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Counterintuitive Confirmation: How To Eliminate Your Doubts

This Wednesday, I realized all my current blog post ideas would take more than a day to complete. Between The 4 Minute Folio launch, AniQuote suddenly materializing from the massive mist of ideas in my head and a new side gig I’ve taken up two weeks ago, it’s a week as busy as ever.

Hence, I decided to give myself the following constraints for this post:

  • Less than 1,000 words.
  • No more than 4 Pomodoros total.

Artificially limiting yourself is liberating. Busy weeks come with a lot of learnings, so these rules forced me to go narrow and think really hard:

What’s the biggest lesson from the past 7 days?

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How To Start A Passion Project One Day At A Time

When people sign up for my newsletter, they instantly receive an automated email that asks them: “What’s one thing you struggle with?” Some consider this a marketing trick, but for me, it’s a once in a lifetime chance to talk to readers, say hi and try to help them however I can.

Nevertheless, it does have a research benefit to it: I see which problems keep coming up and what bothers my audience the most. I’ve written so much by now, that most of the time, I can recommend a particular resource for any given issue.

No time to read? Take my free course. Issues with productivity? Gotcha. Can’t google stuff? Wrote a book for you.

Recently, one question kept coming up, which I found myself unable to send people a resource for. It’s a question about projects. A question about starting. Here are three reader responses, all from this week, aimed at it:

“I want to start a business, but hardly have the money or the idea for it!” –Vishal

“I started learning magic tricks long ago, but I never take the time to share my tricks online. There are a few on youtube and I really wanted to share more.” –Flavien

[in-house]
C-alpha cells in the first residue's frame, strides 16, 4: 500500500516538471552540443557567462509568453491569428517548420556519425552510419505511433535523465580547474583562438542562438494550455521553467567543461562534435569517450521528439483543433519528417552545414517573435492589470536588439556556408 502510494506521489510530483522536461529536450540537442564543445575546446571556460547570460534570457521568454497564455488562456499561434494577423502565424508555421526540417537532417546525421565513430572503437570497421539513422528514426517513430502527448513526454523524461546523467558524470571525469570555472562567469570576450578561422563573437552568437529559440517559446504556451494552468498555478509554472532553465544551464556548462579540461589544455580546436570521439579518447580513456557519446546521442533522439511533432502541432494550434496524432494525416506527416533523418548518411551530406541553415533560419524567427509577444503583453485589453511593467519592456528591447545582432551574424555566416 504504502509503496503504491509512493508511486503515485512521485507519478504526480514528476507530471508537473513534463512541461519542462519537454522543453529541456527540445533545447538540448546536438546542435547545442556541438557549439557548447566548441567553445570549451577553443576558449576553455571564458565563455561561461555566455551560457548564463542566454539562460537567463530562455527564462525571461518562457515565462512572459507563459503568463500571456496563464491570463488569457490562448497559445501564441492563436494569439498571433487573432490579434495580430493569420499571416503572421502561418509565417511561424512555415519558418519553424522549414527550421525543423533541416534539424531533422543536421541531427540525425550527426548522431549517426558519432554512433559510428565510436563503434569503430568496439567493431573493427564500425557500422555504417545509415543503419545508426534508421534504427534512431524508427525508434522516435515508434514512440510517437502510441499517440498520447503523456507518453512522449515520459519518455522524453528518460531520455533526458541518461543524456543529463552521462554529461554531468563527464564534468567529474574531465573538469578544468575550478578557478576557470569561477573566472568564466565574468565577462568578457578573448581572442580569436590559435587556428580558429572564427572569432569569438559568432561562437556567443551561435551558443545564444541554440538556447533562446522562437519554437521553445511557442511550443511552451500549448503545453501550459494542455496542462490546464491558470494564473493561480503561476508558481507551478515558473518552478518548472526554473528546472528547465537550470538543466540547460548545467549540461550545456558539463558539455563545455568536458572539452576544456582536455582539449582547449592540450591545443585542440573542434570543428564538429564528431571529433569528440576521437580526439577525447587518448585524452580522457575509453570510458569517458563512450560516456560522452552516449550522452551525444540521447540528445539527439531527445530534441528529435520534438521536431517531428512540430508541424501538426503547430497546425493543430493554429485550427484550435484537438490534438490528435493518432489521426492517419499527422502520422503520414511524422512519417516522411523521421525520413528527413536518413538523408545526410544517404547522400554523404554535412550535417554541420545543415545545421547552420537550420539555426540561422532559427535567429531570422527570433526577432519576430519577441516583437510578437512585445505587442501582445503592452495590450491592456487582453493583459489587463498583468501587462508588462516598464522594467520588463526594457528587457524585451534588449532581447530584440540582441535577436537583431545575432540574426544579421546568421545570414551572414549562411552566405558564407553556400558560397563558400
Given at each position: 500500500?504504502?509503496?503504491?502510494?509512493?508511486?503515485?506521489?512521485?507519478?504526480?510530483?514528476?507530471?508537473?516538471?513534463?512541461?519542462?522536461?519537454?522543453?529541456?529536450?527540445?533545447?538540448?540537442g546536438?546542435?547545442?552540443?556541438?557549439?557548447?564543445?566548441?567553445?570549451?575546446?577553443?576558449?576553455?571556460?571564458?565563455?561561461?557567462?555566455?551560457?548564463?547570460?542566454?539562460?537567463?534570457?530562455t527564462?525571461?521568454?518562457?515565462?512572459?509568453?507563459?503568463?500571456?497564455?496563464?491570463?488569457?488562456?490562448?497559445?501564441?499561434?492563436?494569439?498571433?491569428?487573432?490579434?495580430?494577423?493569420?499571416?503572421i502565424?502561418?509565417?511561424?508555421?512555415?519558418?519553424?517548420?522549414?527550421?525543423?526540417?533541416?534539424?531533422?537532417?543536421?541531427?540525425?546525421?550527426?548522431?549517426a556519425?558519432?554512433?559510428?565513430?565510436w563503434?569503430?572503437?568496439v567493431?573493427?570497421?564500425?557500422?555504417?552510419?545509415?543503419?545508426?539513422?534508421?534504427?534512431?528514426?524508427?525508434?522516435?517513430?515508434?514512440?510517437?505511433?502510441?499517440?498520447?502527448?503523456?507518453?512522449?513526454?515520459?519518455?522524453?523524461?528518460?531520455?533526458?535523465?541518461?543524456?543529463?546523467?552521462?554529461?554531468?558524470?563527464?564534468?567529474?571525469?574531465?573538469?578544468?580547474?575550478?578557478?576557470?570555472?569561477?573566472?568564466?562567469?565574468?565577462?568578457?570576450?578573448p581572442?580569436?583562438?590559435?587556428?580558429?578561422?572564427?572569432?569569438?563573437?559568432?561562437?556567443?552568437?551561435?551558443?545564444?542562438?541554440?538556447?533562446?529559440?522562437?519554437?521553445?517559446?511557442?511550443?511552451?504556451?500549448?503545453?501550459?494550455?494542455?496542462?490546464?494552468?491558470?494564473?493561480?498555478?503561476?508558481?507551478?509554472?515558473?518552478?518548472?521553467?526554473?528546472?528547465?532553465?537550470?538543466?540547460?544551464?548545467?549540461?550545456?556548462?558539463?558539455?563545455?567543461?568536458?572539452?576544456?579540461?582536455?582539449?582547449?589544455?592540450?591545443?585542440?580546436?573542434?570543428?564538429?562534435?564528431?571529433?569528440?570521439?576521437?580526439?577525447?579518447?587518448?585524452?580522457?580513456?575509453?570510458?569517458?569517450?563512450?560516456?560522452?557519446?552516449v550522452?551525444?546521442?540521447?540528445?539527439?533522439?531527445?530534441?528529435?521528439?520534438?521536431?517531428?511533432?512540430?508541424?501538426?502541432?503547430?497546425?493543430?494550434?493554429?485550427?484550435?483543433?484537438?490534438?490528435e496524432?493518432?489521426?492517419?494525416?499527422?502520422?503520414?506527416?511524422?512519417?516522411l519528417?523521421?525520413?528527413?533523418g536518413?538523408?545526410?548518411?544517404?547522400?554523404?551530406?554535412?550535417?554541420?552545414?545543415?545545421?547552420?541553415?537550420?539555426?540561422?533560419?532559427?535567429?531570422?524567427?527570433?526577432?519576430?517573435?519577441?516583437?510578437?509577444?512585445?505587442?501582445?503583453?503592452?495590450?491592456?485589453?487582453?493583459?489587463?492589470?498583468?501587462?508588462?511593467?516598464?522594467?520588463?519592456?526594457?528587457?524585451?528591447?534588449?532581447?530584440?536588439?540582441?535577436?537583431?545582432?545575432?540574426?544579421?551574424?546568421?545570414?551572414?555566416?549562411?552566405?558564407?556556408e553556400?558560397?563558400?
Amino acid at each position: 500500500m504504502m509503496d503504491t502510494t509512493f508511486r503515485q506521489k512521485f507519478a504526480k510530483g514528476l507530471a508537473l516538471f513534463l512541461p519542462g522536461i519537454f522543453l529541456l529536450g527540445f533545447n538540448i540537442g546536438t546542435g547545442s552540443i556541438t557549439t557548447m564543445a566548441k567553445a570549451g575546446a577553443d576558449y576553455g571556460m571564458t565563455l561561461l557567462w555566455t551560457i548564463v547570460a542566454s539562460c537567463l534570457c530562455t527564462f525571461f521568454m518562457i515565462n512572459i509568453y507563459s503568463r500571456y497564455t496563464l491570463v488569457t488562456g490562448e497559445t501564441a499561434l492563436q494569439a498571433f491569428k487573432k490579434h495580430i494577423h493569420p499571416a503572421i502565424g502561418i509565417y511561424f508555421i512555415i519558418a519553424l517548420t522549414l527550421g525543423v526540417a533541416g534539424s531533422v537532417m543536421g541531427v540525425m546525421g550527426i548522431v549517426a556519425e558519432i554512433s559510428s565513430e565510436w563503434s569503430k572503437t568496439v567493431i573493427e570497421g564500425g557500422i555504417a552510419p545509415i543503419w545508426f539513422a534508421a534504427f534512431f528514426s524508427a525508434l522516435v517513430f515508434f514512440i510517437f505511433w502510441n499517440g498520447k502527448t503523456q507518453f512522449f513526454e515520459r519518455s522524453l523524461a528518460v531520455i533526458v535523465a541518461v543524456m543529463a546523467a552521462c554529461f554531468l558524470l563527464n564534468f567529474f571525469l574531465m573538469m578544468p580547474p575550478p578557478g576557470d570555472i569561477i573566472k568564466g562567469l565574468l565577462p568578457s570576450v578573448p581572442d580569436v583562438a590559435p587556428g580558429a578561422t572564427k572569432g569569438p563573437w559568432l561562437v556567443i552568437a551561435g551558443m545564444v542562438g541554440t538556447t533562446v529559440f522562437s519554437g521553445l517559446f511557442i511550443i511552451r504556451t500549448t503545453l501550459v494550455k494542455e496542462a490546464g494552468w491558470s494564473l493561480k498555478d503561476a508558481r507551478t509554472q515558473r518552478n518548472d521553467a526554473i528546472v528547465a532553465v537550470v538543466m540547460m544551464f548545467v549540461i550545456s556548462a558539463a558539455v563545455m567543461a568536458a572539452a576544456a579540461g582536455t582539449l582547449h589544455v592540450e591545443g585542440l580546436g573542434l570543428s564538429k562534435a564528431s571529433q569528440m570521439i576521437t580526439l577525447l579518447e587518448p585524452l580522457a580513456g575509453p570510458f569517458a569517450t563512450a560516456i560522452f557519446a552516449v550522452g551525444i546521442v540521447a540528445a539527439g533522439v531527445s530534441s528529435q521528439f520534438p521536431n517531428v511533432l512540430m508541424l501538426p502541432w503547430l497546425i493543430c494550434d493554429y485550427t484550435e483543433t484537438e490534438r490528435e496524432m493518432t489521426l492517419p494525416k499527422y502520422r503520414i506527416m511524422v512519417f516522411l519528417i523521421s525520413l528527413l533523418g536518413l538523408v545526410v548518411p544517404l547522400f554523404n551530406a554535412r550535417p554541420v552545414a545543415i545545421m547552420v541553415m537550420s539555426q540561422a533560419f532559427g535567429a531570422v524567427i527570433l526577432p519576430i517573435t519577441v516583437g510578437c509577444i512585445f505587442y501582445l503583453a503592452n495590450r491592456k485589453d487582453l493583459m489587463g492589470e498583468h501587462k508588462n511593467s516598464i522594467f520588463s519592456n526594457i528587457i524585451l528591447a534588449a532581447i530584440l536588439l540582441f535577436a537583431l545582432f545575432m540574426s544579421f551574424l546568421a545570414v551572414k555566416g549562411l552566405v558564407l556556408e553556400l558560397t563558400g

Being disorganized and lacking focus. I’m a certified NLP trainer and looking to start my own business as a Learning Coach for children. Yet I spend my days on chores, cooking and computer based admin stuff.” –Megan

Can you spot the question? Here’s the one I see: “How do I start a passion project?

Today, I’ll do my best to answer it. But first…why is it that question?

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Dear Millennials — A Letter To The Lost Generation

“You are all a ‘génération perdue!’,” the garage owner shouted at the young mechanic, who couldn’t fix Gertrude Stein’s car fast enough.

Dear Millennials Car

“That is what you are. That’s what you all are … all of you young people who served in the war. You are a lost generation.”

Stein later told the story to her dear friend, Ernest Hemingway, who’s largely responsible when historians today refer to those born between 1883 an 1900 by said name.

What Hemingway alluded to in The Sun Also Rises isn’t lost in the sense of gone, missing or forsaken, but disoriented, wandering, directionless — a recognition that there was great confusion and aimlessness among the war’s survivors in the early post-war years,” as Samuel Hynes points out in A War Imagined.

When I look at my generation of fellow millennials, I can’t help but feel as if history is about to repeat itself.

Hence, this open letter.